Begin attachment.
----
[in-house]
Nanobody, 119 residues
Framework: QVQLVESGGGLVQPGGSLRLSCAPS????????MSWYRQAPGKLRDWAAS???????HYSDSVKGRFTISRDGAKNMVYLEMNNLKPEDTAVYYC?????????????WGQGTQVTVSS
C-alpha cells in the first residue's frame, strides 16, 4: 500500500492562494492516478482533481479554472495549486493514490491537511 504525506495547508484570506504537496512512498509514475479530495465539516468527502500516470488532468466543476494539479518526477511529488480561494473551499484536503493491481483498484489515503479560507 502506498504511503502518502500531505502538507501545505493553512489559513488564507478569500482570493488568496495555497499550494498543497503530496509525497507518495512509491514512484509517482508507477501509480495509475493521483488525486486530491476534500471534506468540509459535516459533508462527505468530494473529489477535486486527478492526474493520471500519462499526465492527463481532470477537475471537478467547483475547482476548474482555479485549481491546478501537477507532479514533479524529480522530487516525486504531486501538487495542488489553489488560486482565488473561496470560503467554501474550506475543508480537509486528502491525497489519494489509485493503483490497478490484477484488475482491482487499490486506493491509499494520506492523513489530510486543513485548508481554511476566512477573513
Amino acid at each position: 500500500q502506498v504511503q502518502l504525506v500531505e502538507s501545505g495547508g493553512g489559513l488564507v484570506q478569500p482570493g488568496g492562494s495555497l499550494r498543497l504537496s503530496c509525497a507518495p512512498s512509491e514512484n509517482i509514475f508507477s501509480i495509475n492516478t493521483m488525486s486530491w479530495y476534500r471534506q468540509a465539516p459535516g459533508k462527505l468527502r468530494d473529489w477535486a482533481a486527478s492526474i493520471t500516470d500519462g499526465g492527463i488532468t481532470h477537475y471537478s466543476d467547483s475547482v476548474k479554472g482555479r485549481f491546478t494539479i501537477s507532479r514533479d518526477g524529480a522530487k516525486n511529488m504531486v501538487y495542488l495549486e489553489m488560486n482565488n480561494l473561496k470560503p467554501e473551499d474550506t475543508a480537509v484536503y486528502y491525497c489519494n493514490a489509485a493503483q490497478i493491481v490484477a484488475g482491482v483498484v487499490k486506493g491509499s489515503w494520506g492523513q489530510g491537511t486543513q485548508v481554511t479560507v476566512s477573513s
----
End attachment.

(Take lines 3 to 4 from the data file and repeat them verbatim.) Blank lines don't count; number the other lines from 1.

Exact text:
Framework: QVQLVESGGGLVQPGGSLRLSCAPS????????MSWYRQAPGKLRDWAAS???????HYSDSVKGRFTISRDGAKNMVYLEMNNLKPEDTAVYYC?????????????WGQGTQVTVSS
C-alpha cells in the first residue's frame, strides 16, 4: 500500500492562494492516478482533481479554472495549486493514490491537511 504525506495547508484570506504537496512512498509514475479530495465539516468527502500516470488532468466543476494539479518526477511529488480561494473551499484536503493491481483498484489515503479560507 502506498504511503502518502500531505502538507501545505493553512489559513488564507478569500482570493488568496495555497499550494498543497503530496509525497507518495512509491514512484509517482508507477501509480495509475493521483488525486486530491476534500471534506468540509459535516459533508462527505468530494473529489477535486486527478492526474493520471500519462499526465492527463481532470477537475471537478467547483475547482476548474482555479485549481491546478501537477507532479514533479524529480522530487516525486504531486501538487495542488489553489488560486482565488473561496470560503467554501474550506475543508480537509486528502491525497489519494489509485493503483490497478490484477484488475482491482487499490486506493491509499494520506492523513489530510486543513485548508481554511476566512477573513